MadSci Network: Microbiology

Re: How can I measure gases produced by molding food?

Date: Tue Sep 19 10:44:46 2000
Posted By: Charlene Wolf-Hall, Faculty, Food Science
Area of science: Microbiology
ID: 969124389.Mi

Hi Manuel,

Sounds like a very interesting experiment. I am guessing that you don't have a particular gas that you are looking to measure. I would suggest that you measure atmospheric carbon dioxide in a closed chamber.

Mold produces carbon dioxide as a byproduct of metabolism. So, the more the mold is growing and consuming the food you provide, the more carbon dioxide should be produced. However, there may be other microbes there as well that also contribute some carbon dioxide. If you use a food that the major type of microbial growth to expect will be fungal you should be OK. This would be something like bread that has a fairly low moisture content which will keep most bacteria from growing.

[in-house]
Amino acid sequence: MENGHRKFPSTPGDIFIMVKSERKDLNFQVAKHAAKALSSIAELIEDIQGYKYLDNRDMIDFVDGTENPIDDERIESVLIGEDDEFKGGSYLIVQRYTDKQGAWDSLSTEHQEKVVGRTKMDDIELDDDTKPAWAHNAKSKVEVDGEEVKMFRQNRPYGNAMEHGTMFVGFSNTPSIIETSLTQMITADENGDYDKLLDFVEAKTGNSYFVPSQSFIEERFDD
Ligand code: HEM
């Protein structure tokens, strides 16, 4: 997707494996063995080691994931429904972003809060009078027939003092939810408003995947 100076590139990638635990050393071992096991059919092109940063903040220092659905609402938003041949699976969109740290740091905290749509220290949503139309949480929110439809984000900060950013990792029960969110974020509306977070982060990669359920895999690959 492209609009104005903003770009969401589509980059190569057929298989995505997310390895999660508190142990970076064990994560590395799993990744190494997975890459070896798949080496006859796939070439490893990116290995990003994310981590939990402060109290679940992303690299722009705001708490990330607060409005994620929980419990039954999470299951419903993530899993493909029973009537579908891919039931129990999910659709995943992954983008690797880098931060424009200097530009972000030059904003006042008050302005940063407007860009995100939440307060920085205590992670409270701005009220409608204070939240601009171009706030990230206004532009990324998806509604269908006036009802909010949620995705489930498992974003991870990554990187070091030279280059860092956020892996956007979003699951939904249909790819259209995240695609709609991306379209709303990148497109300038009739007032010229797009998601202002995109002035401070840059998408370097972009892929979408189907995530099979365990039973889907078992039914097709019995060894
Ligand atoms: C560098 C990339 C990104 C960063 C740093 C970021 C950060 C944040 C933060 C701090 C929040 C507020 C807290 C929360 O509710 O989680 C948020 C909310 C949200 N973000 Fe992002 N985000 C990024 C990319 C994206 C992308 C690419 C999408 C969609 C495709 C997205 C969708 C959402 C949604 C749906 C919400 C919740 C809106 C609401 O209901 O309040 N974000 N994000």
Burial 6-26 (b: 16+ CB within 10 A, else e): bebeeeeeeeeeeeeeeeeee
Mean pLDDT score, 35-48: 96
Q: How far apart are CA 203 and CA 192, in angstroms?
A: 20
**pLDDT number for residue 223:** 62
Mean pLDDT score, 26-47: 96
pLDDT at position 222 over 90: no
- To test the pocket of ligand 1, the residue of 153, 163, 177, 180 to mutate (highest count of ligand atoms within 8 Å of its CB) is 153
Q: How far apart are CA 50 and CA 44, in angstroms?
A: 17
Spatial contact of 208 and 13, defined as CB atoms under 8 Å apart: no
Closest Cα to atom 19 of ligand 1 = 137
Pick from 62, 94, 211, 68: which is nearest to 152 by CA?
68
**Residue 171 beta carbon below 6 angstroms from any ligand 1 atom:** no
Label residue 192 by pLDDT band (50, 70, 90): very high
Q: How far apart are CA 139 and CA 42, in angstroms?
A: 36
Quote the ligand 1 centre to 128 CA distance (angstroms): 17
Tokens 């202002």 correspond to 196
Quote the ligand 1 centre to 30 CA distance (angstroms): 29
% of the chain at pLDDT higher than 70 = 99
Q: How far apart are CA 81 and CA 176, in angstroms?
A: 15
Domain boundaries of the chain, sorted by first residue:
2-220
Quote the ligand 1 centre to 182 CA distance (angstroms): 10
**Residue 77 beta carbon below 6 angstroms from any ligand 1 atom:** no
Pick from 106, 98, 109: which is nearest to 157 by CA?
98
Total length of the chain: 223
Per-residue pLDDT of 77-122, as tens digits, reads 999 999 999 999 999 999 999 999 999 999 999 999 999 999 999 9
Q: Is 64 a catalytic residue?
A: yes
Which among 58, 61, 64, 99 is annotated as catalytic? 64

To do this, I would use a fairly large container that you can seal. The large air space will allow enough oxygen to be present for the mold to grow and prevent the rapid build up of too much carbon dioxide. You should be able to get quite a bit of mold growth under these conditions. You will also have to use a carbon dioxide detector. Several of these are commercially available. An example can be seen at this website:

I hope that helps.

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